Our Final Dance: A self-analysis

Hello readers! Unfortunately today marks my final blog post, so this is the last time you will be hearing from me until my next project…☹  In order to properly bring my blog to a close, I will provide you with a critically reflective self-critique analyzing what I have learned from keeping this blog. Writing this blog has made me grow as a writer, a researcher and a person. First, I have grown as a writer by learning how to write a blog and by developing my blog identity. Believe it or not, I have never written a blog before, so … Continue reading Our Final Dance: A self-analysis

The Last of Lee’s Look

I have never written a blog before, so I just want to congratulate you for being able to read through my amateurish attempt, without bashing me with criticism. These past few weeks have been quite a roller coaster am sad that we have to “break up”, but “just because I let you go, does’t mean I wanted to”. As I began this blog I had two ideas in mind that I could have written about. It was either the advancements in weaponry and technology, or the how the post Civil War reconstruction continues to affect African Americans to this day. … Continue reading The Last of Lee’s Look

Cut Me Open (a Self-Analysis)

I’ve always thought of myself as a poor writer, but it never bothered me because I didn’t enjoy it. I enjoy dissecting pigs, and learning about how the bones of the body connect at joints via ligaments. I like physical, tangible concepts that I can memorize and regurgitate. However, since beginning this project, I’ve come to enjoy expressing my thoughts freely. When I speak with my friends face to face, they often acknowledge, in a quasi-mocking tone, my use of unnecessarily large words. This habit comes from my family’s penchant for the New York Time’s daily crossword puzzles and my … Continue reading Cut Me Open (a Self-Analysis)

A Theory

Hello everyone 🙂 As my blog has progressed over the past few weeks, my topic has evolved and been redefined as how women serving as nurses during the Civil War initiated a change in gender roles. I particularly focused on the accomplishments of specific female nurses to better explain the gender role transition. My blog disputes the claim that men were the only ones contributing the Civil War, and it supports the claim that women contributed to the Civil War efforts as much as men. The warrant supporting this claim can be found in the beginning of the women’s rights … Continue reading A Theory

Beyond the Love Letters

To My Dearests, As my colleagues and I have dedicated our research to the Civil War, I encourage you to take a look at their posts as well as they delve into this always interesting topic. The Civil War encompasses so many different topics and here are just a few that I personally have enjoyed reading more about this semester. You can find her on Let’s Get Civil War under the name Uncertain Surgeon. With a focus on the history of medical practices performed on the front lines of the civil war, Uncertain Surgeon is perfectly witty while also being … Continue reading Beyond the Love Letters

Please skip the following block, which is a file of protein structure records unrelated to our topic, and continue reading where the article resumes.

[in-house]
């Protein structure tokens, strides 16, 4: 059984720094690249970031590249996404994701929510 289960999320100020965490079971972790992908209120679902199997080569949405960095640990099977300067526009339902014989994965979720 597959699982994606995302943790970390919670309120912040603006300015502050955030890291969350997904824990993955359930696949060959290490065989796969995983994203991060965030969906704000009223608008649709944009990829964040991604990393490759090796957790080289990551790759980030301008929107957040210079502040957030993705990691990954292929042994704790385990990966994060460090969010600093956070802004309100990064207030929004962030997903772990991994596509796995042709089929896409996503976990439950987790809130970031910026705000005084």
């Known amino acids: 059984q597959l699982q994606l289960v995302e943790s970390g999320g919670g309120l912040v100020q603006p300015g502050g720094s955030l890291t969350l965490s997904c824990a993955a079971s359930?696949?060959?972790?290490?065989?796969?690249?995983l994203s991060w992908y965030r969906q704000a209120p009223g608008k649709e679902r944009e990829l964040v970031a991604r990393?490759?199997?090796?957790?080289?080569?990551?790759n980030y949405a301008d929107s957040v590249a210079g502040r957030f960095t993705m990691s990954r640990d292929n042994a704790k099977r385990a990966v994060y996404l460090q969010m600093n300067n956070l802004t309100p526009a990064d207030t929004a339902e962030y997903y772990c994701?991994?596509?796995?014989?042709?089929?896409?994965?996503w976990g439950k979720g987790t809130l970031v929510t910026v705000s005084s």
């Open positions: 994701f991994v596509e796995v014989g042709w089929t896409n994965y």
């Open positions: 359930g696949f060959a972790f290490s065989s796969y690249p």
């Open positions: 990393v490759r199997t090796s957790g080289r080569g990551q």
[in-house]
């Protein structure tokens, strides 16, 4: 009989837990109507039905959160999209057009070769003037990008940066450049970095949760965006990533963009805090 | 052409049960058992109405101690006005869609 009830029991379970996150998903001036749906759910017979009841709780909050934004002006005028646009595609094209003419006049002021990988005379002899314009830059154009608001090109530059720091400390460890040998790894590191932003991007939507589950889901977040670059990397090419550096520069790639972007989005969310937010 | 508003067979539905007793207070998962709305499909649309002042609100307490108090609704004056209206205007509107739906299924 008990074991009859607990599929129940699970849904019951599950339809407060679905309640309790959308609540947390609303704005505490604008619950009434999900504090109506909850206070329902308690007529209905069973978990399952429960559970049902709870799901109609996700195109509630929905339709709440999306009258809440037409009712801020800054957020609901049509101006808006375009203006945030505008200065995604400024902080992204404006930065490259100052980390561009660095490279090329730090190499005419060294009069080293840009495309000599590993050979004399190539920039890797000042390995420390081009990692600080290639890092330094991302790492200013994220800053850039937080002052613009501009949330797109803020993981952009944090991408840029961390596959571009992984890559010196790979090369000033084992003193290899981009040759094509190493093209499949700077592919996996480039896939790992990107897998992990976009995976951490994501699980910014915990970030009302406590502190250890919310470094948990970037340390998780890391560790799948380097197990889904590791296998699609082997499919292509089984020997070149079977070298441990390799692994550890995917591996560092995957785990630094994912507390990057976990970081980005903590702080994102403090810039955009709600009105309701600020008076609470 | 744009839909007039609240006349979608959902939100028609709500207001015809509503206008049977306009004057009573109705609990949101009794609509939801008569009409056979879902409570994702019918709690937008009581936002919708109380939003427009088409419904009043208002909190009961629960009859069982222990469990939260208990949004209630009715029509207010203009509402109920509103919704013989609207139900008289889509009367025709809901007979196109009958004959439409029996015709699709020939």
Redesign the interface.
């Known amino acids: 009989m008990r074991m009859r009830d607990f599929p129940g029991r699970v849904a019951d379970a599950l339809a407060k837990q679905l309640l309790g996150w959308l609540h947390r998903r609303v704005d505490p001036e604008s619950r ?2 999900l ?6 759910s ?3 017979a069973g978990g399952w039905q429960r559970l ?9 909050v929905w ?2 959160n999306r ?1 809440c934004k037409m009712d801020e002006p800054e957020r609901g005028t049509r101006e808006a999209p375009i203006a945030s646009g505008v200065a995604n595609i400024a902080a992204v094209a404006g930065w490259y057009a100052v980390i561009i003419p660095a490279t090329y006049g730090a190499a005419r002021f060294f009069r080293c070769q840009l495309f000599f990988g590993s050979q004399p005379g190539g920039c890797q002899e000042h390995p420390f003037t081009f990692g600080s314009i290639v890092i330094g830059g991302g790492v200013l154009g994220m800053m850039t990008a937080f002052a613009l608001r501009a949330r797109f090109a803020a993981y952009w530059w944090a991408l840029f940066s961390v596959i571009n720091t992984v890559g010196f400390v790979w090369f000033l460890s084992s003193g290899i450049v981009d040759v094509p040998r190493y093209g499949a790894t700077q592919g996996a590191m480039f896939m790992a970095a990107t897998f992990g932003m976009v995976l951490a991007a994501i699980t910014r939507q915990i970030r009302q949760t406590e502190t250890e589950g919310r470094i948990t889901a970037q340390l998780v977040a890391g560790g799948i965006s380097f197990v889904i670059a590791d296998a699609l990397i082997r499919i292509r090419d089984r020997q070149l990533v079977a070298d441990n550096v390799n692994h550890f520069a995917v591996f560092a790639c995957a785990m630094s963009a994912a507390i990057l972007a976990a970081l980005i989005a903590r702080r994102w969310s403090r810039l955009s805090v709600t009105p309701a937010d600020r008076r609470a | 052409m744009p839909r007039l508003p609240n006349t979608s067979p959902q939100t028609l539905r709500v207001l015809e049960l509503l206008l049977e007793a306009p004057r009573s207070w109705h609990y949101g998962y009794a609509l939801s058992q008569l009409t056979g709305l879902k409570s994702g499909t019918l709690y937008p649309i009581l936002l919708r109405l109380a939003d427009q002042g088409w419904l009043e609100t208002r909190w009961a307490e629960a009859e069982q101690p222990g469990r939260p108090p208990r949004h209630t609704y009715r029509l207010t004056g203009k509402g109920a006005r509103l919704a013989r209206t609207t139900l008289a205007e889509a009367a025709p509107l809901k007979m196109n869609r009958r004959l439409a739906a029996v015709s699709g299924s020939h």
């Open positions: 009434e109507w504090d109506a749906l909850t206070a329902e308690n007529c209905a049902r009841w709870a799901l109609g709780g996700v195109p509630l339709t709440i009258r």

The mention of death is inevitable when discussing the Civil War. It is a gruesome topic, and it is hard to fathom how significant the impact of the Civil War was on America. Naturally we feel disconnected from the past, after all the Civil War happened more than a hundred years ago. It makes us uncomfortable thinking about the terrors of the war, but we must acknowledge history in order to move forward. If we were to use the same figures from the Civil War and apply it to America’s current population the death rate would surpass 7 million deaths. … Continue reading

The Debate Continues

Years after the Civil War there still remains uncertainty about how many people actually died. The fallen Confederacy provided insufficient documentation of their casualty rate which leads many to speculate how many people actually died. A recent study conducted by Dr. J. David Hacker suggests that the death rate was actually 650,000 to 800,000 lives. Some people question whether civilian deaths should or should not be included in the count. The question of what lives should be included will continue until there is clear consensus on what contributes to the Civil Wars casualty rate.   Continue reading The Debate Continues

Theory Time

Although the high death rate of the civil war is not questioned, many people still debate the source of the deaths. Some people attribute the high mortality rate to disease, but others attribute the deaths to advancements in weaponry technology. It seems as if there only one right answer, but if we were to categorize the casualties, and focus on deaths caused by battle, we see that the Civil Wars death rate is significantly higher than any preceding wars. Although it has been statistically proven that disease contributed to 63% of deaths, the injuries that the soldiers often acquired made them more … Continue reading Theory Time

Imperative Implications

  I’ve spent a couple weeks talking about the changes made to medicine during the civil war, but I didn’t really focus on why they were made. New weapons, and disease, were killing men so quickly and in such high numbers that the medical community had to do something to help. It was clear that the current methods weren’t working, which led to experiments that resulted in the innovations I’ve covered (and many I haven’t). Understanding how the new technology used in the Civil War necessitated improved healthcare is applicable to society today. As wars get more and more deadly, … Continue reading Imperative Implications